Thursday, January 16, 2014

Hammer Rewatch: The Legend of the Seven Golden Vampires (1974)

            A look at Hammer’s Dracula series, Part 9…

             Peanut butter and chocolate… through some alchemical process, their differing flavors come together to create a complimentary effect. It seems like a given that two great tastes would taste great together, but it is not always necessarily so. For instance, a coproduction between Hammer Films and the Shaw Brothers Studio certainly sounds like the greatest idea ever. But could it really be possible? Is it even thinkable that two of the most legendary companies that virtually shaped genre films for decades to come would actually be able to produce a film to live up to that initial promise? Or, to keep with the food analogy started above, would the resulting film be peanut butter and chocolate, or barbecue and ice cream?
            Fortunately, The Legend of the Seven Golden Vampires is Reese’s cups all the way, even though it has a few hiccups along the way. It doesn’t really have much in the way of story, and the strain of Hammer’s dwindling budgets constantly makes the effort hokier than intended (and we have to assume the filmmakers intended it to be pretty damn hokey in the first place, anyway). But the film offers just about everything a Hammer or a Shaw Brothers fan could want, with copious amounts of vampires, kung fu and Peter Cushing - all moving at brisk and lively pace.

One downside is Christopher Lee not returning for this installment, instead being replaced as Dracula for the first time in the Hammer series. The role of the Count instead goes to John Forbes-Robertson, who - with his goofy red lips and pale complexion - doesn’t really strike the same intimidating pose Lee did. But no matter: after a somewhat confusing opening, he takes control of Kah, a Chinese High Priest of the Seven Golden Vampires, and virtually disappears from the film. Kah/Dracula travels back to China, to raise the Seven Golden Vampires once more and begin a reign of terror on a local village. Fortunately for the villagers, Dr. Lawrence Van Helsing is giving guest lectures at a nearby university, where he is then recruited by His Ching, who enlists his help in ridding his village of the vampires plaguing them.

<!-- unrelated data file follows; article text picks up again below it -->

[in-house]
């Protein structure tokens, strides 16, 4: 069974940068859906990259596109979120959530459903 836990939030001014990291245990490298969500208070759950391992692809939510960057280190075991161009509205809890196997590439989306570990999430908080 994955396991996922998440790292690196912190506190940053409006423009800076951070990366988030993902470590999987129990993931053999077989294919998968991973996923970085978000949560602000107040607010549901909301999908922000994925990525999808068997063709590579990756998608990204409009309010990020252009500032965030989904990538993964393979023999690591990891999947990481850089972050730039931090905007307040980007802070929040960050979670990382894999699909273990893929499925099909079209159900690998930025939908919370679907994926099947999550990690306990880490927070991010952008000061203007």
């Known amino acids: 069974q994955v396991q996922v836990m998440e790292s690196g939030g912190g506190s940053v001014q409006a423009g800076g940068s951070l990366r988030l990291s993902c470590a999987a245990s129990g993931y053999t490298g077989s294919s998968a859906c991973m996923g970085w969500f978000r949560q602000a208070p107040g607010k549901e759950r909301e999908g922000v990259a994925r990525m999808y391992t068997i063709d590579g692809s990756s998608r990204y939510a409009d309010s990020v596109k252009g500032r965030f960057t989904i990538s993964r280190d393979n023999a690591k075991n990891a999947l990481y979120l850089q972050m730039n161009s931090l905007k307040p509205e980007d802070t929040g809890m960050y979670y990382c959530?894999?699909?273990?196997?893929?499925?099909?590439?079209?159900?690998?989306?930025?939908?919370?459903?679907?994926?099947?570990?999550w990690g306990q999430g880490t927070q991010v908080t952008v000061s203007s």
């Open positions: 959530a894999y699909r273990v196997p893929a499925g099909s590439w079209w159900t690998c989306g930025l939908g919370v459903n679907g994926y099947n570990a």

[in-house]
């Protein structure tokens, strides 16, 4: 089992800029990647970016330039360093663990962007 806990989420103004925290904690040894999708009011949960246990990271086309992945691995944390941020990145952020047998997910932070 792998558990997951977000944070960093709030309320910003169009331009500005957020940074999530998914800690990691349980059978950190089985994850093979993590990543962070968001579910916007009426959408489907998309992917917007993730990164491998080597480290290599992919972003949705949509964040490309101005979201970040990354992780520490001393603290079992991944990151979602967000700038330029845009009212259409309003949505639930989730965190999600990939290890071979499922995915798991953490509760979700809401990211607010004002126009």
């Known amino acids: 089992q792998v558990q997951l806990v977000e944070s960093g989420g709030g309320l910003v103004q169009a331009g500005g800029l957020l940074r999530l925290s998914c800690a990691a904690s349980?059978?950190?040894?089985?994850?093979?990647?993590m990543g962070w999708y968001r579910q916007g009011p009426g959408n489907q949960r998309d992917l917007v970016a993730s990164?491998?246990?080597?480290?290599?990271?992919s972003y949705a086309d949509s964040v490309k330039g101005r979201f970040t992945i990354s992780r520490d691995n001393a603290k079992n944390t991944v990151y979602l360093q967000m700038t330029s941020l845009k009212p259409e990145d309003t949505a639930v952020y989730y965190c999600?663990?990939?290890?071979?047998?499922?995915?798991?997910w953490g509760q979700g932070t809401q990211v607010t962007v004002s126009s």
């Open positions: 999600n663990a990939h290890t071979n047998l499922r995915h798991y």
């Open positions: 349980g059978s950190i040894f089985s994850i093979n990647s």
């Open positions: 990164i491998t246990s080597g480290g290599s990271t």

The Legend of the Seven Golden Vampires has been somewhat maligned throughout the years, perhaps justifiably so. The film definitely straddles the line between “so bad, it’s good,” what with it’s cheap, mud-encrusted hopping vampires (that’s actually what Chinese vampires are known for) and the myriad of light gels thrown over the cheap sets to hide how under-dressed they are. But the film still works, and quite well, at that, if taken on its own terms. As any kung fu fan will tell you, the films live and die by the fights. And with plenty of kung fu battles with esoteric weapons and excellent choreography from Liu Chia Liang, The Legend of the Seven Golden Vampires excels in that regard. The whole film has a fun, comic book-style feel that is sort of irresistible, even with its many shortcomings. There’s a certain kind of thrill to watching kung fu star David Chiang fighting alongside Peter Cushing in one of his most memorable roles, and the film lives up to the hype of such a pairing.

Hammer tried to get one more Dracula film off the ground: Kali, Devil Bride of Dracula, but like many of the studio's proposed films during the era, it never went further than a poster. 

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